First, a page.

• expectations for the course of this disease
  • your opinion or preference

Treatment may include:

  • surgery
    Two types of surgery are commonly performed for esophageal cancer. In one type of surgery, part of the esophagus and nearby lymph nodes are removed, and the remaining portion of the esophagus is reconnected to the stomach. In the other surgery, part of the esophagus, nearby lymph nodes, and the top of the stomach are removed. The remaining portion of the esophagus is then reconnected to the stomach. Surgery may be performed after other treatment is completed.
  • chemotherapy
    Chemotherapy is the use of anticancer drugs to treat cancerous cells. In most cases, chemotherapy works by interfering with the cancer cell's ability to grow or reproduce. Different groups of drugs work in different ways to fight cancer cells. The oncologist will recommend a treatment plan for each individual. Chemotherapy may be used along with radiation therapy as the primary treatment. Chemotherapy also is used to shrink the tumor prior to surgery.
  • radiation therapy
    Radiation therapy is the use of high-energy radiation to kill cancer cells and to shrink tumors. There are two ways to deliver radiation therapy, including the following:
    • external beam radiotherapy (EBRT)
      EBRT uses carefully aimed beams of X-rays to kill cancer cells. EBRT is painless and takes a few minutes to deliver. The treatment plan is developed by a doctor called a Radiation Oncologist. Special techniques such as 3D-conformal, Intensity-Modulated Radiotherapy (IMRT), and Tomotherapy are often used to minimize the dose of radiation to normal tissues to reduce side effects, while still delivering enough radiation to kill tumor cells and shrink tumors. EBRT is often used before or after surgery, in combination with chemotherapy, to reduce the likelihood of tumor recurrence. EBRT is also used to ease symptoms (palliate) such as pain, blockage, or bleeding.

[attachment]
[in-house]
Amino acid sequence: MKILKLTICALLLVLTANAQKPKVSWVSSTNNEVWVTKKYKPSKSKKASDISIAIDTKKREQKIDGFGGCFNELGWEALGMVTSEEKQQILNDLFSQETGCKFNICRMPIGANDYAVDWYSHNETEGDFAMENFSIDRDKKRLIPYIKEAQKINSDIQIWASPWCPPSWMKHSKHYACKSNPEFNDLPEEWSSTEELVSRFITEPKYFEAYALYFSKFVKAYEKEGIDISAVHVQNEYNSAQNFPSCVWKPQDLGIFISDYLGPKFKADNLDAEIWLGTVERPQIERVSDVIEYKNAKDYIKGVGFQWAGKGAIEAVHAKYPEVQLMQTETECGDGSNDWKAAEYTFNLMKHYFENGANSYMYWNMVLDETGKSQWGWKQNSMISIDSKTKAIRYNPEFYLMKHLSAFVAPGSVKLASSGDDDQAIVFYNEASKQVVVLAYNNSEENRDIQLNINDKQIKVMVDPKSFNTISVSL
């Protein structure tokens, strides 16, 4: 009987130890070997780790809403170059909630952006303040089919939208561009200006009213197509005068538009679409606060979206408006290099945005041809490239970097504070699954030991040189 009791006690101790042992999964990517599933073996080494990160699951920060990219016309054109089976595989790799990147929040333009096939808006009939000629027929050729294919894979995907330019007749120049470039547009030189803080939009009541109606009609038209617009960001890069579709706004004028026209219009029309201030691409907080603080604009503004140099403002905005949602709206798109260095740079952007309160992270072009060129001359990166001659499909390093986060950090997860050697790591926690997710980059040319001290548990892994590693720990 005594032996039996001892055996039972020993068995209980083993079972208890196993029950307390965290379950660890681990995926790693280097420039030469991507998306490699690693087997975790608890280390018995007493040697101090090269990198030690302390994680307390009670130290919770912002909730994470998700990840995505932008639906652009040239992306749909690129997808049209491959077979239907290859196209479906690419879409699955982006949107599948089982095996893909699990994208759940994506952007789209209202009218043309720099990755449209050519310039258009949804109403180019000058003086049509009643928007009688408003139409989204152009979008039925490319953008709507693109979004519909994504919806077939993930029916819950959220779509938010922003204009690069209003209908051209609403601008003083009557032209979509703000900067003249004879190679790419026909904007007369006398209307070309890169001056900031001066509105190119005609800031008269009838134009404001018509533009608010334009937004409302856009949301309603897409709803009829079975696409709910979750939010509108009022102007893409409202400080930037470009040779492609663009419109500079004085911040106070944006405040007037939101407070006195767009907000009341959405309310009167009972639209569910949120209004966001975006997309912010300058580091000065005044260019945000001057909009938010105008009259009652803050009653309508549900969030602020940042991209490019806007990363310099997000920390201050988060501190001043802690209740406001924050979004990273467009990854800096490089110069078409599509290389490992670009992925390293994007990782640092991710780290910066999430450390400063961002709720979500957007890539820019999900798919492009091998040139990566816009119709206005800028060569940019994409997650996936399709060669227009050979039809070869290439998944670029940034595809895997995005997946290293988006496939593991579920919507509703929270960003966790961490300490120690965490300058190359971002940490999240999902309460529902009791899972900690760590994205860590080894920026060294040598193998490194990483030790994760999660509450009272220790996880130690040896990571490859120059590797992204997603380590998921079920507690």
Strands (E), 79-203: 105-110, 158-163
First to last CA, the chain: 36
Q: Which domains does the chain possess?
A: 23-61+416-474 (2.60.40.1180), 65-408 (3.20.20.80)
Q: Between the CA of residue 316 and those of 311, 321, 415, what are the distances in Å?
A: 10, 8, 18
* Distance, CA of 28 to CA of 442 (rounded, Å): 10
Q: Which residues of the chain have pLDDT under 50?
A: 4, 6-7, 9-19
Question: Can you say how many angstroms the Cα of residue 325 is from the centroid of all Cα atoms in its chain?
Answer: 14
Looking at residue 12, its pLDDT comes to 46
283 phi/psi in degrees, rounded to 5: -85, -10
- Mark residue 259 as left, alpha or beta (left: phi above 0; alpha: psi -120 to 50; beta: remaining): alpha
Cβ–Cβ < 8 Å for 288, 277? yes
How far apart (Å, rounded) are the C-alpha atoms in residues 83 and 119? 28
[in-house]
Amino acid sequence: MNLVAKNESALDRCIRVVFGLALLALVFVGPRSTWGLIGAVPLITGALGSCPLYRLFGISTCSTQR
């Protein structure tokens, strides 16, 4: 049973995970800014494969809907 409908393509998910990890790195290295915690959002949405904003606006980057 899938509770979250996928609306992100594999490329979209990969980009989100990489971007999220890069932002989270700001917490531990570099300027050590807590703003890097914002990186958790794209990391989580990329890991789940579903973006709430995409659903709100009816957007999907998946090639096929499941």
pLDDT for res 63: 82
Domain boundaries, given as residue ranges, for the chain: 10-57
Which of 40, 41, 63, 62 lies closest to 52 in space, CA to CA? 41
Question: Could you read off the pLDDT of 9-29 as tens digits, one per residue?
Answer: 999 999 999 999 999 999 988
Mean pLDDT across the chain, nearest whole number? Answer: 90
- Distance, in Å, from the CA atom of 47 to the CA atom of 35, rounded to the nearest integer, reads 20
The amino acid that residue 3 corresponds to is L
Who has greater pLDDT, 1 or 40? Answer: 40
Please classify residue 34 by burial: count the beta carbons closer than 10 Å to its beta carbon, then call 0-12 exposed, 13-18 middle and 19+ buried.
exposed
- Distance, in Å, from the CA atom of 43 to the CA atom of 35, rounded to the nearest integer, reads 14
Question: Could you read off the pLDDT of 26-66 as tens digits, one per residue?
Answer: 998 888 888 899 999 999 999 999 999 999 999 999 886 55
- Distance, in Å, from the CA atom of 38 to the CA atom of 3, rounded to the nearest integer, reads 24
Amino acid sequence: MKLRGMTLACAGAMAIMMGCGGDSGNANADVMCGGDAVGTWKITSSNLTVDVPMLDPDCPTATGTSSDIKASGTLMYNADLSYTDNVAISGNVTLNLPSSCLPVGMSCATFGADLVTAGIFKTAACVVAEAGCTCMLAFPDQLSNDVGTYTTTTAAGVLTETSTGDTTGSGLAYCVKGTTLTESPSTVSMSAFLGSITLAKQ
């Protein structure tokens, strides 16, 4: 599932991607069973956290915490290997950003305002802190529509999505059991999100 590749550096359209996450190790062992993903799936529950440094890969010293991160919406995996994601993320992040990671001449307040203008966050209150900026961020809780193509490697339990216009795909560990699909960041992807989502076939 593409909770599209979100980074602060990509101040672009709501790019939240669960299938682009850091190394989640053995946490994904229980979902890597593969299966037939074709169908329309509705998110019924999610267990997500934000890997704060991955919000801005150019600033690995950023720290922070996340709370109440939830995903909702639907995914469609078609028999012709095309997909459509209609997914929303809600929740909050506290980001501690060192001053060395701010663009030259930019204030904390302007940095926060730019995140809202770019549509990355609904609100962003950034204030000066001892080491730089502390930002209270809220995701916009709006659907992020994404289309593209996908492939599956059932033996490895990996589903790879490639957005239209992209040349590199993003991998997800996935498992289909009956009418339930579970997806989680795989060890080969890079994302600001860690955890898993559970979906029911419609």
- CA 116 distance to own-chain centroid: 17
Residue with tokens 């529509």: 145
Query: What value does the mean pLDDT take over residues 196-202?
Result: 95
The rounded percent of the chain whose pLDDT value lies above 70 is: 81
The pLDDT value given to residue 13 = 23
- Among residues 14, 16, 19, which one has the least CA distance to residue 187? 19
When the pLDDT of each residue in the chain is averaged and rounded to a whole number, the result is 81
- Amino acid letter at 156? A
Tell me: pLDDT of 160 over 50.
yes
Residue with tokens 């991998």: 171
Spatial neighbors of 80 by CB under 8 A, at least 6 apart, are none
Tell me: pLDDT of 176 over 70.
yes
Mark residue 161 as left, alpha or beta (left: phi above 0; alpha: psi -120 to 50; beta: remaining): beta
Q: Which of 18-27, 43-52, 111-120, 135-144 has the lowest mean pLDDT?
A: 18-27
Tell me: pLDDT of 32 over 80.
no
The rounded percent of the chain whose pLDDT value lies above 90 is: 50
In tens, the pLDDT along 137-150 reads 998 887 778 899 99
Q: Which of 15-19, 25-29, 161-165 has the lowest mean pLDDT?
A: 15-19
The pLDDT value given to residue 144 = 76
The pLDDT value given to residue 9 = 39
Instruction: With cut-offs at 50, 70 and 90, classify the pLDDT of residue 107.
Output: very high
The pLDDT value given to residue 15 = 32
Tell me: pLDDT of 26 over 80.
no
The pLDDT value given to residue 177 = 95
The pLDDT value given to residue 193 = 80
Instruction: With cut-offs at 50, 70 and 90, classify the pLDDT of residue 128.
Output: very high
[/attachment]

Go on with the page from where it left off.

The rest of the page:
• internal radiation (brachytherapy, implant radiation) - radiation is given inside the body as close to the cancer as possible. Substances that produce radiation, called radioisotopes, may be placed directly next to the tumor in the esophagus, injected, or implanted directly into the tumor. Some of the radioactive implants are called "seeds" or "capsules." Internal radiation involves giving a higher dose of radiation in a shorter time span than with external radiation. Some internal radiation treatments stay in the body temporarily. Other internal treatments stay in the body permanently, though the radioactive substance loses its radiation within a short period of time. In some cases, both internal and external radiation therapies are used.
  • photodynamic therapy (PDT)
    Photodynamic therapy is a type of laser treatment that involves injecting photosensitizing chemicals into the bloodstream. Cells throughout the body absorb the chemicals. The chemicals collect and stay longer in the cancer cells, than in the healthy cells. At the right time, when the healthy cells surrounding the tumor may already be relatively free of the chemical, the light of a laser can be focused directly on the tumor. As the cells absorb the light, a chemical reaction destroys the cancer cells. The light is delivered through an endoscope, a small, flexible tube with a light on the end, that is inserted through the mouth or nose. PDT may be used to relieve or reduce symptoms of esophageal cancer, such as difficulty swallowing.

Sometimes, several of these treatments may be combined for treating esophageal cancer.